William was watching them over Walter's shoulder, frowning, "Looks like the campground type, all right."
Walter nodded, "I think we may be about to witness something rather unsightly, Belly."
William laughed quietly, "Fornication? I don't want to stick around for this."
They turned away from the two and headed off their own way.
They had made it all the way back to the state park before Walter's thoughts had fully formed themselves, "We could have killed them, Belly."
William nodded, "Yeah. But it's not the hardest thing in the world, to sneak up on a couple of drunken lovers getting lucky."
"I've heard that the cases that are the hardest for police to solve are spontaneous murders. Ones without reason or rhyme. There's nothing they can connect it to."
William nodded thoughtfully, "I'd heard that, too," he was silent, for a moment, and looked at Walter, "we should go back."
Walter laughed, "I didn't say that these people got away with it, Belly. They were all caught, you know."
"Of course they would be. But they're not us, Walt- I think we could do it. How would you do it?"
Walter considered, "Well… I guess there are a few ways that it could be done. I mean, it would depend entirely on what end you wanted to achieve."
"But to achieve an end would not make it a spontaneous murder."
Walter shook his head, "That's not what I meant. I meant that you would have to think, from the very beginning, about how you would want it to end."
"Define," William said, looking uncertain.
"Well, we could always make it look like an accident. It's the simplest, but apparently the one they bungle the most, it would seem. But it would be as simple as pushing them over a cliff, or pushing an unsteady rock on them. They're drunk, it happens."
"I don't think we should do it like that."
The fact that William kept referring to Walter's thoughts as actions seemed to further excite his theories, and Walter agreed with a nod, "Yes, I wouldn't like it, either."
"If I kill someone, I want something from it, I think. I don't think that the knowledge alone would sustain me. It seems rather pointless, otherwise."
"The common folly. Trophies, everyone knows about those."
"But what if they just disappeared? That happens, too."
Walter frowned at his friend, seeking clarification, "Define."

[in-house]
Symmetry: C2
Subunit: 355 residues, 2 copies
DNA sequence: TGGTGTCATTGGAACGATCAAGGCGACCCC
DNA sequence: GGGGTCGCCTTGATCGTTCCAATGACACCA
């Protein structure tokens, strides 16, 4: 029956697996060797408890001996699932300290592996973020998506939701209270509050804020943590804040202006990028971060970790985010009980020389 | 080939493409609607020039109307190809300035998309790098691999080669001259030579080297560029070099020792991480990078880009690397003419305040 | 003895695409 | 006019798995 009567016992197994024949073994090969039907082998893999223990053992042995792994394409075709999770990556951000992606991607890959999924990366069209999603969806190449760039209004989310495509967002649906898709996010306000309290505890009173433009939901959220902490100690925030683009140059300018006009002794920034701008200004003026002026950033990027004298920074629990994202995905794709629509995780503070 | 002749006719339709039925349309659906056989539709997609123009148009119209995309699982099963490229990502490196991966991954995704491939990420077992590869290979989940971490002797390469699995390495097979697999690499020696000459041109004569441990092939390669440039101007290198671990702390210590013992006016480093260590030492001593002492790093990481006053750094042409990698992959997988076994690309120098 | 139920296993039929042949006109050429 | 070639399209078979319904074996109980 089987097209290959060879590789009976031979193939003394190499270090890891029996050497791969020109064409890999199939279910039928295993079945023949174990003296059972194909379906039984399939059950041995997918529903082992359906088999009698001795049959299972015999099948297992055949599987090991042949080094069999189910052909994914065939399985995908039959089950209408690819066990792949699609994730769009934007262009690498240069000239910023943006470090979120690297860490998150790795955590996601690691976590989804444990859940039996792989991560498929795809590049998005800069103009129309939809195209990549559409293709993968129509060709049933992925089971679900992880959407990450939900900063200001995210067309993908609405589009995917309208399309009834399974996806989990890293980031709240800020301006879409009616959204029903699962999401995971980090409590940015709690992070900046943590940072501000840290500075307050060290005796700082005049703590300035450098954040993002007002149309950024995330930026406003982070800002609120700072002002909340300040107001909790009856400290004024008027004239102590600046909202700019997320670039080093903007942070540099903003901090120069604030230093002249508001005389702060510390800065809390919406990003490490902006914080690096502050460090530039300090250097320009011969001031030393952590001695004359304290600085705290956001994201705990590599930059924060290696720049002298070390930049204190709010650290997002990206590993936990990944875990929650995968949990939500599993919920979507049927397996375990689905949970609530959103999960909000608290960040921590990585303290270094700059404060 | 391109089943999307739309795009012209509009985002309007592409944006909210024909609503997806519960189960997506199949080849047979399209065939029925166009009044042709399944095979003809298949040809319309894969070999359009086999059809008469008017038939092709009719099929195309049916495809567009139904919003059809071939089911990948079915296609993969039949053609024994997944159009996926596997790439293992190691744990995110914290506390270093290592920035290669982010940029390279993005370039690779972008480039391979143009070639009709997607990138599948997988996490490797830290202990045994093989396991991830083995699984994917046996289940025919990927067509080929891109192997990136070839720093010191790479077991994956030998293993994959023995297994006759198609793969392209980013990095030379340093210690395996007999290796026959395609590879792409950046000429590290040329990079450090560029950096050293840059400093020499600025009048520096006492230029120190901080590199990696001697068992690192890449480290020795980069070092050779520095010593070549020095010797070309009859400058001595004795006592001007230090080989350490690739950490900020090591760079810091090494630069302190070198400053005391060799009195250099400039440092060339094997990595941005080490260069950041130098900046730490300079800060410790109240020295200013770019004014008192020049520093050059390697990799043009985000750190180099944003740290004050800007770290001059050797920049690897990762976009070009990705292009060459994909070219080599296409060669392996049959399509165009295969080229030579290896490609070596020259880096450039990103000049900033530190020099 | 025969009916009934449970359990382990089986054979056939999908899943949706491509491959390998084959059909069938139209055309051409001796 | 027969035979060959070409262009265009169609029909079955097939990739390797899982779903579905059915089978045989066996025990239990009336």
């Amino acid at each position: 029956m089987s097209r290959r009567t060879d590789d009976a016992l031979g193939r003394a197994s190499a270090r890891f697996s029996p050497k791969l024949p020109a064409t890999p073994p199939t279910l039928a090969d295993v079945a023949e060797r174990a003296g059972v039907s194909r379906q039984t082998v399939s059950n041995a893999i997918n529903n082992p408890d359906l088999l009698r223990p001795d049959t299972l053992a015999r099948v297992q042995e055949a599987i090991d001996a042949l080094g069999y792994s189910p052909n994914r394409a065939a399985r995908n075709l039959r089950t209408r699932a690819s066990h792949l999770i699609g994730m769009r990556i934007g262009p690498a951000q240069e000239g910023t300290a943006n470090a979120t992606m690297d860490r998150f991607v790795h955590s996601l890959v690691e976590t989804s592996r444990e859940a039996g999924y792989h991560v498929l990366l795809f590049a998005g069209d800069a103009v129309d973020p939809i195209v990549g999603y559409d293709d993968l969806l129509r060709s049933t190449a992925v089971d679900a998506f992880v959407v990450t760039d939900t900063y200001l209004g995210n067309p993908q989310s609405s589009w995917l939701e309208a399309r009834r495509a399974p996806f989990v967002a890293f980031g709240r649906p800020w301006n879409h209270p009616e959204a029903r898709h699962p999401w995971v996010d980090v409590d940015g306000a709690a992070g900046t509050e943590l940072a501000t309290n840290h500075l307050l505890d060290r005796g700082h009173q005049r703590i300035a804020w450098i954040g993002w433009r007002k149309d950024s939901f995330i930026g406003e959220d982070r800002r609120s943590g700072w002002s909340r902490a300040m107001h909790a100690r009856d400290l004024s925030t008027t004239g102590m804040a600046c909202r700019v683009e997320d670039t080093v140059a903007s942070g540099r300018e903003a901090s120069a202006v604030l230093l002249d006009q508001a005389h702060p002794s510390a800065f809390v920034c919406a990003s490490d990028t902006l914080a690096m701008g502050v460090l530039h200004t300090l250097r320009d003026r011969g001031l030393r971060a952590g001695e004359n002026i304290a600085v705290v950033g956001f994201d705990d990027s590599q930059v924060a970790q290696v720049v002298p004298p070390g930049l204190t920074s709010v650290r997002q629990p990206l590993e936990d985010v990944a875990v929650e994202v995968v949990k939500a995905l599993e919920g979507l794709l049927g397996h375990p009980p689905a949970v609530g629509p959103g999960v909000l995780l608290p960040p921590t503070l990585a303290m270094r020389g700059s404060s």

"Consider killing them and removing the bodies from the scene," William explained.
Walter thought like a moment, "But what to do, with the bodies? It all seems rather inconvenient, to me. But I suppose we could make it look like a bear attack, something of that kind?"
William nodded, "Perhaps. But it starts to get a little pear-shaped, then. Deniability starts to become uneasy, if they catch on to something. But if we don't leave evidence-"
Walter shook his head, "No such thing. There will always be evidence- one just has to find a way of making what little evidence there is seem too random."
"How would we do that?"
"I don't know." Walter laughed, "I guess that's why the gents get caught, being spontaneous. It's just too much to think about."
"I still think we could do it," William said. They walked on in silence, until they reached the car at the vacant ranger station, "Who would have thought we'd turn out to be crazy, Walt?"
Walter smiled, as he began to unlock the hatchback of the Vista Cruiser, pulling his canteen over his shoulder and tossing it into the back seat, "I wouldn't say that we're crazy. I would say that we're strange."
William fixed him with a stare somewhere between seriousness and eagerness, "We should go back and kill them, Walter."
They stared at each other for a few moments, hearts pounding. Walter was the first to lower his eyes, a bit too quickly not to look guilty, "We can't- not now, in any case. The thing about murder is that it is a thing of convenience- it's too inconvenient, now. It has to be perfect from the start. Our tracks are all over the place, and they're probably long gone, by now."
William nodded, "I suppose you're right."
They sang tunelessly to a cassette of Steve Miller Band on the way back to Walter's house, as if the entire discussion had not taken place, and stopped for a beer or two, before dropping William off at his hotel. William only departed with a smile and a cheerful, "See you, Bish," but Walter knew that both of their thoughts lay on different things.
Elizabeth was not pleased that he was late, more or less of the faint sent of alcohol on his breath and clothes. She only continued with the book keeping, something she often did, when she was displeased. Walter retired before her, and he had only slept a few hours before he awoke to the feel of her warm hand across his heart and her soft breath on his shoulder. He climbed out of bed and quietly left the bedroom, making his way into his study and shutting the door. He scooped the telephone off the desk and settled on the window seat, watching the streetlamp outside before he lifted the receiver, and dialed William's hotel and extension.
"We should have gone back and killed them, William."